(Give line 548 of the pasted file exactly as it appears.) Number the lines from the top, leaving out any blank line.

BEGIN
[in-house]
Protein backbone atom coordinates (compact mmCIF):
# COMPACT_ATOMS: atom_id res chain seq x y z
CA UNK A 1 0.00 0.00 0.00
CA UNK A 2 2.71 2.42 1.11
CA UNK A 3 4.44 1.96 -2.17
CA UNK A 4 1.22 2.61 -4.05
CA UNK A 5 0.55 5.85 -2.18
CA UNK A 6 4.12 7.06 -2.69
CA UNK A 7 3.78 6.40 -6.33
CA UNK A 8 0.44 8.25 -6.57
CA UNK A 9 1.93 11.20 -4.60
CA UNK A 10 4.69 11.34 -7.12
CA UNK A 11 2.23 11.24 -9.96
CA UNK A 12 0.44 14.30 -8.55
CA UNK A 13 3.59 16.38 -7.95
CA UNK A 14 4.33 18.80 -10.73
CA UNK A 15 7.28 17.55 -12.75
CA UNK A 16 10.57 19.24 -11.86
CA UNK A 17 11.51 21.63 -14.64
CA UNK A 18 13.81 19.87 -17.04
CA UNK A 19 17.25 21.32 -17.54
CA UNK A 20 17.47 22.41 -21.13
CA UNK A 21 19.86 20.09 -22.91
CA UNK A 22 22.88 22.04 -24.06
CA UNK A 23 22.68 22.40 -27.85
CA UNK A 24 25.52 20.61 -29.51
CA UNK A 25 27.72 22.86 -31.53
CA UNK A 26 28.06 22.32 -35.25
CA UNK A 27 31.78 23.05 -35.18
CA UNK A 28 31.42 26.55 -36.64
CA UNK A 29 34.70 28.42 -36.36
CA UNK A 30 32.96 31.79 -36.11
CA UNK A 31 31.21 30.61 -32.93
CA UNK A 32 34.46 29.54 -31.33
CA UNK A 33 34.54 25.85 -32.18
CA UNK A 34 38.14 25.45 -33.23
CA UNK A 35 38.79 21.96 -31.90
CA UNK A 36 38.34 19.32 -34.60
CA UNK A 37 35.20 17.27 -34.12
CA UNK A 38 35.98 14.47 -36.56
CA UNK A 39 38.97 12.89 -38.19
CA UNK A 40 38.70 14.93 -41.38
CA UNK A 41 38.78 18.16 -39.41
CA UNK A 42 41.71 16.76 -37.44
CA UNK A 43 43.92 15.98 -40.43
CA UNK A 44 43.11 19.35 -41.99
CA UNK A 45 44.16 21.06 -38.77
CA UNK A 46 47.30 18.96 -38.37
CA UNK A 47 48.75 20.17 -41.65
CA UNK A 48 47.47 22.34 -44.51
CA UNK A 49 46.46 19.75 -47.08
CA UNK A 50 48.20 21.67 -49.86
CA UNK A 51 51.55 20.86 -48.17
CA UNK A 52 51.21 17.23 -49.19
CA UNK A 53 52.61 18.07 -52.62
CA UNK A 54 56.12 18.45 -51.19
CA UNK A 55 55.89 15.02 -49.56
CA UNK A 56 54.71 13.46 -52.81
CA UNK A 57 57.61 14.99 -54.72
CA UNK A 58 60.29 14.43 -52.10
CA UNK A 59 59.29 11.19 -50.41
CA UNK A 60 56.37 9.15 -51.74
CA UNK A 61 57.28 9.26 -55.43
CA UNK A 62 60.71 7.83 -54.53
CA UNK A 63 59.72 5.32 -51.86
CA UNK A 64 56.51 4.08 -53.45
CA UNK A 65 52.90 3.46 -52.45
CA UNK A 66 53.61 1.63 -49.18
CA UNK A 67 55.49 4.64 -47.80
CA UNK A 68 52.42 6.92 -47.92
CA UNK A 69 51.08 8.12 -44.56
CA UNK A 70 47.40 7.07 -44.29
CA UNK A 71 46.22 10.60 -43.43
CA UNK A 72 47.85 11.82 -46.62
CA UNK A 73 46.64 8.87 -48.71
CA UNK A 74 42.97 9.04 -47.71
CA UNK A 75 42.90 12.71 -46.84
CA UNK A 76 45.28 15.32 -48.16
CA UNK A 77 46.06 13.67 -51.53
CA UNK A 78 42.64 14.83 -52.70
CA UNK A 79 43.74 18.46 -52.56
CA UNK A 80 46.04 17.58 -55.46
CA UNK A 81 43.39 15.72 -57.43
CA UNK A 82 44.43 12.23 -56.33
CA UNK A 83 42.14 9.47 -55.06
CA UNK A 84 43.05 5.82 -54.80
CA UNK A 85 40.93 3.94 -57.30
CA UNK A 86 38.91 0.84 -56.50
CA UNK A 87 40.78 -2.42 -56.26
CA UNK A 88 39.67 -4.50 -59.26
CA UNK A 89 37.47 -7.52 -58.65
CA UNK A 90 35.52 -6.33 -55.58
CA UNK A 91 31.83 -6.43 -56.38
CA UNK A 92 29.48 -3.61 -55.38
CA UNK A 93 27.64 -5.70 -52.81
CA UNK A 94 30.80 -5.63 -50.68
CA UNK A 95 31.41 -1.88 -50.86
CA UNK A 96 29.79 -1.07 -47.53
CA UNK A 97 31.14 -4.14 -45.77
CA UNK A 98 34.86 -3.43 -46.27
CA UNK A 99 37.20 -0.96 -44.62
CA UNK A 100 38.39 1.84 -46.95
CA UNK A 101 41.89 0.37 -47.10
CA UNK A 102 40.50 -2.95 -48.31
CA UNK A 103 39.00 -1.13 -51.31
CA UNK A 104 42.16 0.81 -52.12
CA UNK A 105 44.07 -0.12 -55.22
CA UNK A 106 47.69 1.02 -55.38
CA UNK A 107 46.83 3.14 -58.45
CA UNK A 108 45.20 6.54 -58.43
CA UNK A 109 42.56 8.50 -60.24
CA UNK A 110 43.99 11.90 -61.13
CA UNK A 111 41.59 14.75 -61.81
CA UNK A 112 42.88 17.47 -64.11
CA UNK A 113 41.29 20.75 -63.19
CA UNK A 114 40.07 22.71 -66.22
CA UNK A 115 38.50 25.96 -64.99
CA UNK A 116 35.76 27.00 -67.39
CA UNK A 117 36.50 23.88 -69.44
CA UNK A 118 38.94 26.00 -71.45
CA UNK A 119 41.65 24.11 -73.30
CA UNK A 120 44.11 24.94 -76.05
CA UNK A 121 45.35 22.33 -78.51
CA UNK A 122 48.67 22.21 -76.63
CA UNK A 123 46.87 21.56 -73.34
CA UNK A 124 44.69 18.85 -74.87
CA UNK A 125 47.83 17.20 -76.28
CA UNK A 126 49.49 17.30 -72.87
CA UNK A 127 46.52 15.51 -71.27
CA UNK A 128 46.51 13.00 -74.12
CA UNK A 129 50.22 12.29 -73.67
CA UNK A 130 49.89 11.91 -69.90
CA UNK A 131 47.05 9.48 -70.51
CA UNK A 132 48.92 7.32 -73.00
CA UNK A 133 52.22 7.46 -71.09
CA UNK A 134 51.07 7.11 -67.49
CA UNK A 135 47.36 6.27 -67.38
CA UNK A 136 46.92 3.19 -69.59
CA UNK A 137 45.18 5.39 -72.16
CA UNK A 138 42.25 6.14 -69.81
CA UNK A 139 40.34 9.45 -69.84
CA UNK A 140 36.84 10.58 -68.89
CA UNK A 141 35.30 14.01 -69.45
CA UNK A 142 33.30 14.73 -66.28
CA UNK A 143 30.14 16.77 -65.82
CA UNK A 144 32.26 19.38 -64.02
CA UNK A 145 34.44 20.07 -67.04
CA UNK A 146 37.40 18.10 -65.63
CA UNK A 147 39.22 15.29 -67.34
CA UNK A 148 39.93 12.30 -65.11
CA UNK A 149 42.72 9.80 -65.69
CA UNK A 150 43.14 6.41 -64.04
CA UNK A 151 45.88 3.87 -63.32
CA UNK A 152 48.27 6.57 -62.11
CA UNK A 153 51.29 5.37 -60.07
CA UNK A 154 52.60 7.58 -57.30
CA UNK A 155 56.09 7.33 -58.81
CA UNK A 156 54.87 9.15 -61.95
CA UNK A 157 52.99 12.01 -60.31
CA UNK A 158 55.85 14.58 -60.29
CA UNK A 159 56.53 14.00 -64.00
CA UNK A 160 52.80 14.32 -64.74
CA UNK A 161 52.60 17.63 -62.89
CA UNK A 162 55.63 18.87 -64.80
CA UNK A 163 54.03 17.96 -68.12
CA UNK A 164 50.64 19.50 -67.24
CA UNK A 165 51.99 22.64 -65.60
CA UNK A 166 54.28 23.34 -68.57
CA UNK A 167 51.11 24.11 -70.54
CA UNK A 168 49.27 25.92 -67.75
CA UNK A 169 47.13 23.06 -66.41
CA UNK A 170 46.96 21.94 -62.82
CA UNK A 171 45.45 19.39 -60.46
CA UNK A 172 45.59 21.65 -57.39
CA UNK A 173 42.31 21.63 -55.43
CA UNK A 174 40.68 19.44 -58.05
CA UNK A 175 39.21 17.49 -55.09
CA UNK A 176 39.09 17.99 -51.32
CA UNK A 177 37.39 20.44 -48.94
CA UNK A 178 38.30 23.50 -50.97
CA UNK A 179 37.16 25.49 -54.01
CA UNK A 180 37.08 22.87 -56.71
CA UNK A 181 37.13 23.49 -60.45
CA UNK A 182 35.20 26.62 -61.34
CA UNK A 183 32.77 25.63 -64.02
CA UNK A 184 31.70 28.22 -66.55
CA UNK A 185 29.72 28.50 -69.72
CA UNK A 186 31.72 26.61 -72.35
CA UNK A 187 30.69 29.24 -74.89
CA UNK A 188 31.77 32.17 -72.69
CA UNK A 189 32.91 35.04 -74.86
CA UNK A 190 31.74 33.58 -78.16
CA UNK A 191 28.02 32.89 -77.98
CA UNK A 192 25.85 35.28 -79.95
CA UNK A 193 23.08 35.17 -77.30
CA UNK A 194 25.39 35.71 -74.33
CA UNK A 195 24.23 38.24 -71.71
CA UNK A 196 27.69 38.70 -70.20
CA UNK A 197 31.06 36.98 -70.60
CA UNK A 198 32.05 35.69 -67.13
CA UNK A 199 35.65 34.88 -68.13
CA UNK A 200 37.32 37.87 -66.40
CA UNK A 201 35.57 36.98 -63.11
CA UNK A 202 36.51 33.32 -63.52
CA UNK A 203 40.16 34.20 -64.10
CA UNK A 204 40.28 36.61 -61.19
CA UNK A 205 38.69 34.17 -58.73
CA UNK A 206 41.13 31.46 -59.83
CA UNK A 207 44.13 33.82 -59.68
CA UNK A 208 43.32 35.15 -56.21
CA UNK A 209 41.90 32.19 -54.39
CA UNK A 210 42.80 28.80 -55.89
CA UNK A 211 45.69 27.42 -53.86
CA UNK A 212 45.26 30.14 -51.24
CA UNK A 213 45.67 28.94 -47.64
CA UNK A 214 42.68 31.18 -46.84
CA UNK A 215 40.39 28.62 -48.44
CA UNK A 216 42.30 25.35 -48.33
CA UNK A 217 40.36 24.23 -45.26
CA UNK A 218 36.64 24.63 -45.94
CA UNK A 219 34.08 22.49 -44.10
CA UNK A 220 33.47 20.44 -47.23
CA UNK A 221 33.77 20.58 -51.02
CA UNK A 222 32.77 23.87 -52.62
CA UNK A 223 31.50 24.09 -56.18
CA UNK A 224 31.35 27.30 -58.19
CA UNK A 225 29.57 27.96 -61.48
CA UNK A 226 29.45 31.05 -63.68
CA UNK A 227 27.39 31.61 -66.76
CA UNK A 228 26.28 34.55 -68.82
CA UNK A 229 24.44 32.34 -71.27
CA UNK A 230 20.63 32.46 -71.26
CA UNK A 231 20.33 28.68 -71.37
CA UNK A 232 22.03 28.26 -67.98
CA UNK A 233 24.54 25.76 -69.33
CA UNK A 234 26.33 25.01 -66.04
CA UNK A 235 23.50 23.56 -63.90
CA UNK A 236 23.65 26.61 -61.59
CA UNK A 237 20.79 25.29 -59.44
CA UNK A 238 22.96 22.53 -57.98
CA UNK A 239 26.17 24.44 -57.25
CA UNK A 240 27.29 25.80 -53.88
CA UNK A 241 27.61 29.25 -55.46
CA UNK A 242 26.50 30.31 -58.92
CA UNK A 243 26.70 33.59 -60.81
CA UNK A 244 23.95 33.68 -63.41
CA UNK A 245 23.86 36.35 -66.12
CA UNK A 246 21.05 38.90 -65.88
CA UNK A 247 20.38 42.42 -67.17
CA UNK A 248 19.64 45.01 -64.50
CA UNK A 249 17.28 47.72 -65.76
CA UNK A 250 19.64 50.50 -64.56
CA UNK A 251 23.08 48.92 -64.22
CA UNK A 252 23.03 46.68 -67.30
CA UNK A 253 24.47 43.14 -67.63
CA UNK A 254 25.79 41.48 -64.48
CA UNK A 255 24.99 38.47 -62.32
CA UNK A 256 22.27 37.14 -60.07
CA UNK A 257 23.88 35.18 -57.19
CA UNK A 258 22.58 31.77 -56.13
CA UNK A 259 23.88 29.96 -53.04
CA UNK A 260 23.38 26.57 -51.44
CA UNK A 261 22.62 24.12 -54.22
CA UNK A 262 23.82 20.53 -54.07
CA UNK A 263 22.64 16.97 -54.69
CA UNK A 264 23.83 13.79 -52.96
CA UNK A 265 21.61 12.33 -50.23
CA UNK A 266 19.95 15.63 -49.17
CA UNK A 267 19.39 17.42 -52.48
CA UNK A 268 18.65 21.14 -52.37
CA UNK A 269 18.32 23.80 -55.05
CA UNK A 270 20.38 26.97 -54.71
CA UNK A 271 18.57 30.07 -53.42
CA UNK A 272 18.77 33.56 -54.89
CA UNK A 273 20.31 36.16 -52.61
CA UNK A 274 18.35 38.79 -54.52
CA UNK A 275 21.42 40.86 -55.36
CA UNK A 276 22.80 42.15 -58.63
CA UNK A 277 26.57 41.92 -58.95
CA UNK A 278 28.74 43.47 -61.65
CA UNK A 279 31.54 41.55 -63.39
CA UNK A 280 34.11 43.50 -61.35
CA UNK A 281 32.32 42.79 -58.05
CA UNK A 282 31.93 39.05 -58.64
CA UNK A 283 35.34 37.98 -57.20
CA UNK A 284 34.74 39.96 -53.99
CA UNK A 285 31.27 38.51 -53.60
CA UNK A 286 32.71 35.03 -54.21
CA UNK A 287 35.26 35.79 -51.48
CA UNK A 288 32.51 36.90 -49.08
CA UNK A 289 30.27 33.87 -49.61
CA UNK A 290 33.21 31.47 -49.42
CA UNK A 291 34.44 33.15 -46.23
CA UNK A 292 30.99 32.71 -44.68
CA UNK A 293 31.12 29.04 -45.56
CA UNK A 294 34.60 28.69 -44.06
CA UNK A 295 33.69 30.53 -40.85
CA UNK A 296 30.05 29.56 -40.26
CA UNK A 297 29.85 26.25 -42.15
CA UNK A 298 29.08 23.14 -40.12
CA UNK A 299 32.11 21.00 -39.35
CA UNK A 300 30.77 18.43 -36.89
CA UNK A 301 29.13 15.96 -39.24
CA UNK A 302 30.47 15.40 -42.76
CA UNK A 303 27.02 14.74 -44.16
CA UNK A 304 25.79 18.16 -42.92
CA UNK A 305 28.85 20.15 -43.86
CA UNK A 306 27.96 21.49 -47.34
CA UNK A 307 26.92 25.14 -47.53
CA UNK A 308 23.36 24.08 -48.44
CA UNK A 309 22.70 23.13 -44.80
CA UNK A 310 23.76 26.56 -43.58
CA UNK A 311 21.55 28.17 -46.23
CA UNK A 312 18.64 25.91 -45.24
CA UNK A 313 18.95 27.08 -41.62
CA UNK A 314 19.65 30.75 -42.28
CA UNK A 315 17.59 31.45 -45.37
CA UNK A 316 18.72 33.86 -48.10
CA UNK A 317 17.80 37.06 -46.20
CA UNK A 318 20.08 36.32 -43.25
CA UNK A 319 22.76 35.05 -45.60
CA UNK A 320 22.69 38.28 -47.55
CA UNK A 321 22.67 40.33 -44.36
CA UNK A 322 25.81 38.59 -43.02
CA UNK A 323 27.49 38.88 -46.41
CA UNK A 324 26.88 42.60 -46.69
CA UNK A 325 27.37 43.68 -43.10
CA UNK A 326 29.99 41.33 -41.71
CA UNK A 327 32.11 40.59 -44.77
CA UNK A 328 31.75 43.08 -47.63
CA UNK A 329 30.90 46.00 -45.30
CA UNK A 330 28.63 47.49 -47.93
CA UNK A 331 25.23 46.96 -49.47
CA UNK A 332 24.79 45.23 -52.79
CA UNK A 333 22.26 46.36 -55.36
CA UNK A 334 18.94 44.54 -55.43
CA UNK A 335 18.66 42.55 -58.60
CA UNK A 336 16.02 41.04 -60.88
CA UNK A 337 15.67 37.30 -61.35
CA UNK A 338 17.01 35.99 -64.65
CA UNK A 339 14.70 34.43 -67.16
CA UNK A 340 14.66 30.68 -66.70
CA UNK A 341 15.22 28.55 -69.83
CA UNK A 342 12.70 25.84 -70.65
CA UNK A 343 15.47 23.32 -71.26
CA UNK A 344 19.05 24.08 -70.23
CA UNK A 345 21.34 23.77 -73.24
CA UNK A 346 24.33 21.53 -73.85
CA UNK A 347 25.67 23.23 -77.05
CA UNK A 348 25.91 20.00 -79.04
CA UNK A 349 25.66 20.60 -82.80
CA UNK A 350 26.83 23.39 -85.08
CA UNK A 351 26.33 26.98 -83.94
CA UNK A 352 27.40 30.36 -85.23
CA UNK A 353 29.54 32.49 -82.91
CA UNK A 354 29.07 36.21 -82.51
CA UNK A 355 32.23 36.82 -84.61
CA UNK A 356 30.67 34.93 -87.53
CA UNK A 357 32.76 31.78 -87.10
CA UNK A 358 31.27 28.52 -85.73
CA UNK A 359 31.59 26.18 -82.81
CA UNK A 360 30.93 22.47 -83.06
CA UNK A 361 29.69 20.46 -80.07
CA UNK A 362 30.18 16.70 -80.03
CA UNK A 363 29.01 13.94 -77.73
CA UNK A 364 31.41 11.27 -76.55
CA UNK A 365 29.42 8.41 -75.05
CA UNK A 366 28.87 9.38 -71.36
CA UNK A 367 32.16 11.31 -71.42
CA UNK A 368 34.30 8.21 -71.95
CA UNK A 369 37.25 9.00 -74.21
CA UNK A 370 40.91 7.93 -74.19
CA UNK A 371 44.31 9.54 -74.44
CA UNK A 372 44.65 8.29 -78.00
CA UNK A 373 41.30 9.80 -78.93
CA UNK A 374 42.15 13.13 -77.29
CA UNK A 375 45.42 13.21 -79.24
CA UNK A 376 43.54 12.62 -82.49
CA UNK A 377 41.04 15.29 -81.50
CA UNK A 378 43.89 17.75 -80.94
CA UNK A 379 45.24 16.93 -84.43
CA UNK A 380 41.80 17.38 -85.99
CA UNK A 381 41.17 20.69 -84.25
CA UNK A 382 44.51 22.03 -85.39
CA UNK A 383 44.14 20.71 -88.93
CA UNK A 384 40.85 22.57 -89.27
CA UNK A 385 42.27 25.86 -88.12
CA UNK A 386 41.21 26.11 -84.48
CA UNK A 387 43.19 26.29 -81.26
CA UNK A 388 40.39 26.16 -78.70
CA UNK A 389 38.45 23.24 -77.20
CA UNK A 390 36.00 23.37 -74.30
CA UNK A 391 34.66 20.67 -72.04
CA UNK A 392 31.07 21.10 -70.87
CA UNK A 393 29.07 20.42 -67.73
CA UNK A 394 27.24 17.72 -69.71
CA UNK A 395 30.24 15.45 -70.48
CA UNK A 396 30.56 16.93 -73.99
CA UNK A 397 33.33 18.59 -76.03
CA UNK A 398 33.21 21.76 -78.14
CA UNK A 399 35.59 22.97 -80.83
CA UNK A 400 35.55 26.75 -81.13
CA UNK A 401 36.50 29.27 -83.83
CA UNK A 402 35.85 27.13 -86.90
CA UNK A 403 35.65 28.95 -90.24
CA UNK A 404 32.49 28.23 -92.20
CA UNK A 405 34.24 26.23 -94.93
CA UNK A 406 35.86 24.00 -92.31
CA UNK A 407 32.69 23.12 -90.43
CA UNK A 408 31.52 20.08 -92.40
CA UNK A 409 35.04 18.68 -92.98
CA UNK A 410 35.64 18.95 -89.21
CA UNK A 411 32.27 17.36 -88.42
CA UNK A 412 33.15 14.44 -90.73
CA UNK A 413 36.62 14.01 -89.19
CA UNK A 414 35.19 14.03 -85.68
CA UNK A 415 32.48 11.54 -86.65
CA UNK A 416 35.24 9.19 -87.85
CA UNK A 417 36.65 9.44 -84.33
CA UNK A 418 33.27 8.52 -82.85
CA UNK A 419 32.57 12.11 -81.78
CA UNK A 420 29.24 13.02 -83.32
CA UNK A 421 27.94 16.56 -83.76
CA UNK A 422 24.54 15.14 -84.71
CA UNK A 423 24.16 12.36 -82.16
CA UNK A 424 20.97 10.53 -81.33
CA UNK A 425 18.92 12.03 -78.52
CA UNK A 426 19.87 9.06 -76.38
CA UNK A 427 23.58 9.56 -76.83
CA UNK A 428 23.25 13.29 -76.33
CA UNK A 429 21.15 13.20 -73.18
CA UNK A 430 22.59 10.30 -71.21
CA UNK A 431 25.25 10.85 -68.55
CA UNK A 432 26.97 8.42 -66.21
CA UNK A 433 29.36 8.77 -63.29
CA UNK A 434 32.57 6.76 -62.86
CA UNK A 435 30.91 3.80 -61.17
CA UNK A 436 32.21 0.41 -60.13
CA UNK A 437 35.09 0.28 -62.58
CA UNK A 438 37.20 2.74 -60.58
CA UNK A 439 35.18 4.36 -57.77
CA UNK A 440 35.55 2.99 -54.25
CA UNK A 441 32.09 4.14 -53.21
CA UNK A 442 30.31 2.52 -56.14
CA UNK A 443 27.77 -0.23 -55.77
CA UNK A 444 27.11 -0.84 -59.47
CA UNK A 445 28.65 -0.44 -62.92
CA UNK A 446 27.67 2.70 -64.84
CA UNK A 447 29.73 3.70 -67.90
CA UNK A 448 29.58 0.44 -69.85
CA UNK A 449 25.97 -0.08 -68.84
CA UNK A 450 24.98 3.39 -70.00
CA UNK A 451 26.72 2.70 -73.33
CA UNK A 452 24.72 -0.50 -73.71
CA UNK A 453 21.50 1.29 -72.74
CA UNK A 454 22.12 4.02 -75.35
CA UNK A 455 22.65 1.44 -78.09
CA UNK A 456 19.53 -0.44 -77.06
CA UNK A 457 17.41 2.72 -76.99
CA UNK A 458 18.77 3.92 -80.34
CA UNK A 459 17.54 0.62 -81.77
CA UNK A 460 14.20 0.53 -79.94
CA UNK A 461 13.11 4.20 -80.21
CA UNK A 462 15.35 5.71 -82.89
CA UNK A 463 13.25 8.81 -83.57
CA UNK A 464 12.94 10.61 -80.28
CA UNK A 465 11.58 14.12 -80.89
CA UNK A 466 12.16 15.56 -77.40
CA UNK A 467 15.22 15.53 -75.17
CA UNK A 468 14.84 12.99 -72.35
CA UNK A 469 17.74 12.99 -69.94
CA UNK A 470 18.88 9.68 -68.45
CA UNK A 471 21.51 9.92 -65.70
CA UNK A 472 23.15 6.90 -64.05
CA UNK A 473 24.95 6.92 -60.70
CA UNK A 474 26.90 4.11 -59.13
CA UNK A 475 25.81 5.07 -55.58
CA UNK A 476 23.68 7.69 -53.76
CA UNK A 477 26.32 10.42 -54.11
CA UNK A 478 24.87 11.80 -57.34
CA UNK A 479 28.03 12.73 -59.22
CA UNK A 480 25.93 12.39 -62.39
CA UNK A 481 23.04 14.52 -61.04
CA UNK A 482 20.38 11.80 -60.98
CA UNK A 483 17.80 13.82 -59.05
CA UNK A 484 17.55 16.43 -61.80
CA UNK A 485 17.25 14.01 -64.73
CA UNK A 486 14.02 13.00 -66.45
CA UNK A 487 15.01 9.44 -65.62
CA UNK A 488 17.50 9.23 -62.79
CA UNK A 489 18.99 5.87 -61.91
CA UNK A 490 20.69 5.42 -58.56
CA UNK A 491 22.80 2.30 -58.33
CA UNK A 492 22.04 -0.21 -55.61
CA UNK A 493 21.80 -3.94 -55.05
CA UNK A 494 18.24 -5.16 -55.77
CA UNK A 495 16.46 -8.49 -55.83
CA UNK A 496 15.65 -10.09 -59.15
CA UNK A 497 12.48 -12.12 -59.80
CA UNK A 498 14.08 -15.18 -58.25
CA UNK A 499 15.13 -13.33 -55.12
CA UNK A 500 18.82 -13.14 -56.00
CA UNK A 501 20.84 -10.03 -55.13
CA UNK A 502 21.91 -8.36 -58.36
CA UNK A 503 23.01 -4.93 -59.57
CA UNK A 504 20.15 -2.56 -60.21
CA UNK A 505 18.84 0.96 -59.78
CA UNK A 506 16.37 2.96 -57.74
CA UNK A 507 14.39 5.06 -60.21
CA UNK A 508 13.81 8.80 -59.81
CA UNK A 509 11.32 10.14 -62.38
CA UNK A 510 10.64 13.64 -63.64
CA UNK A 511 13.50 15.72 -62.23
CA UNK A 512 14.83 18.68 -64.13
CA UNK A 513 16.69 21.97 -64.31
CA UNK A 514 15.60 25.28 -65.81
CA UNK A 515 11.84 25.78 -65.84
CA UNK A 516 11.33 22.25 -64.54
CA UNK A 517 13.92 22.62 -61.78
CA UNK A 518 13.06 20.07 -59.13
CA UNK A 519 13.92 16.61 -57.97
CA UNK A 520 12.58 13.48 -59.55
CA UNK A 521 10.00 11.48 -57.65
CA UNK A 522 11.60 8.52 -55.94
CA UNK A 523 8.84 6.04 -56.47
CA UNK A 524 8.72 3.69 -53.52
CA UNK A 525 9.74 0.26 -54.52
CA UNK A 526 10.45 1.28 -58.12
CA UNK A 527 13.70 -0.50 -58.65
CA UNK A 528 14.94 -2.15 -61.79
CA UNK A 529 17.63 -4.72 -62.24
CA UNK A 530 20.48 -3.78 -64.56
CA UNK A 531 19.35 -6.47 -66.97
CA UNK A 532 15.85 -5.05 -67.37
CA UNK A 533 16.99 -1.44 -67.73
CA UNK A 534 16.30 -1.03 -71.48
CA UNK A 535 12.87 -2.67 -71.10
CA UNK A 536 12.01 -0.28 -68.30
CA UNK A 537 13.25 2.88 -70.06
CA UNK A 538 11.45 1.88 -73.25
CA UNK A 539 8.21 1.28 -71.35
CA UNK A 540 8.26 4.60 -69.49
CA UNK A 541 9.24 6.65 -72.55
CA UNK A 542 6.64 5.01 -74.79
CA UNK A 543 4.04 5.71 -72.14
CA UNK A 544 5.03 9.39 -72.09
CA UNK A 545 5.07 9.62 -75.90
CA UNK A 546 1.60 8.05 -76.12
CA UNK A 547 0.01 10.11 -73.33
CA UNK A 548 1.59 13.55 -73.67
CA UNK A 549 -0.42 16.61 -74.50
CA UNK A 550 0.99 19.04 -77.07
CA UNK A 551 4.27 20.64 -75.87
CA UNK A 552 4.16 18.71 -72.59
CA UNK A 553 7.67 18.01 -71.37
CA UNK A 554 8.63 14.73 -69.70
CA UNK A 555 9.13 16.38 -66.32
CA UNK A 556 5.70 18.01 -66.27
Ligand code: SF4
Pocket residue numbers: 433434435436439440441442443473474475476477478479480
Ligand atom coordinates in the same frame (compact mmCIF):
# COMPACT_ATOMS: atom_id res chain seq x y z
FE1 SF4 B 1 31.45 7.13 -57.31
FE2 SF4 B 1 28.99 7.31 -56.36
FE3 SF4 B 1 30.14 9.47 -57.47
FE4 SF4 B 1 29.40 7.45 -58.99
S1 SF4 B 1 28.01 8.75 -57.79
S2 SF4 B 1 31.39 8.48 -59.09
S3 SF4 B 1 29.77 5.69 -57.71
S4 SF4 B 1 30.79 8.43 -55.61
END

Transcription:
CA UNK A 545 5.07 9.62 -75.90